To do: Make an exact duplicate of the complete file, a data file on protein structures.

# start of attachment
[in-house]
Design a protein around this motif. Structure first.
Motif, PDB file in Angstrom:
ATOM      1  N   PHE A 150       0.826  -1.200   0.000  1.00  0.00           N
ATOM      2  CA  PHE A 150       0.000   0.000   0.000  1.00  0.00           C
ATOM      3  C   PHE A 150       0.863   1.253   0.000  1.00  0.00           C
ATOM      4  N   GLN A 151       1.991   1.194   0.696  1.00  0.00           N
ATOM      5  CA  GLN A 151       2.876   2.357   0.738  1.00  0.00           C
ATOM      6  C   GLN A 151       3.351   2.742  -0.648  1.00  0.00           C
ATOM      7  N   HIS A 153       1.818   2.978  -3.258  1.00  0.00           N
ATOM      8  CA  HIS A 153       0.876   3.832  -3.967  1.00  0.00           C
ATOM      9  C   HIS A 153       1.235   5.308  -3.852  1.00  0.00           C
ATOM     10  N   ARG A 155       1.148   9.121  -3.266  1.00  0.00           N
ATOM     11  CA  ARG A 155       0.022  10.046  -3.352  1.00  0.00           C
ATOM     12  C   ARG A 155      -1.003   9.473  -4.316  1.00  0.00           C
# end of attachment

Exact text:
[in-house]
Design a protein around this motif. Structure first.
Motif, PDB file in Angstrom:
ATOM      1  N   PHE A 150       0.826  -1.200   0.000  1.00  0.00           N
ATOM      2  CA  PHE A 150       0.000   0.000   0.000  1.00  0.00           C
ATOM      3  C   PHE A 150       0.863   1.253   0.000  1.00  0.00           C
ATOM      4  N   GLN A 151       1.991   1.194   0.696  1.00  0.00           N
ATOM      5  CA  GLN A 151       2.876   2.357   0.738  1.00  0.00           C
ATOM      6  C   GLN A 151       3.351   2.742  -0.648  1.00  0.00           C
ATOM      7  N   HIS A 153       1.818   2.978  -3.258  1.00  0.00           N
ATOM      8  CA  HIS A 153       0.876   3.832  -3.967  1.00  0.00           C
ATOM      9  C   HIS A 153       1.235   5.308  -3.852  1.00  0.00           C
ATOM     10  N   ARG A 155       1.148   9.121  -3.266  1.00  0.00           N
ATOM     11  CA  ARG A 155       0.022  10.046  -3.352  1.00  0.00           C
ATOM     12  C   ARG A 155      -1.003   9.473  -4.316  1.00  0.00           C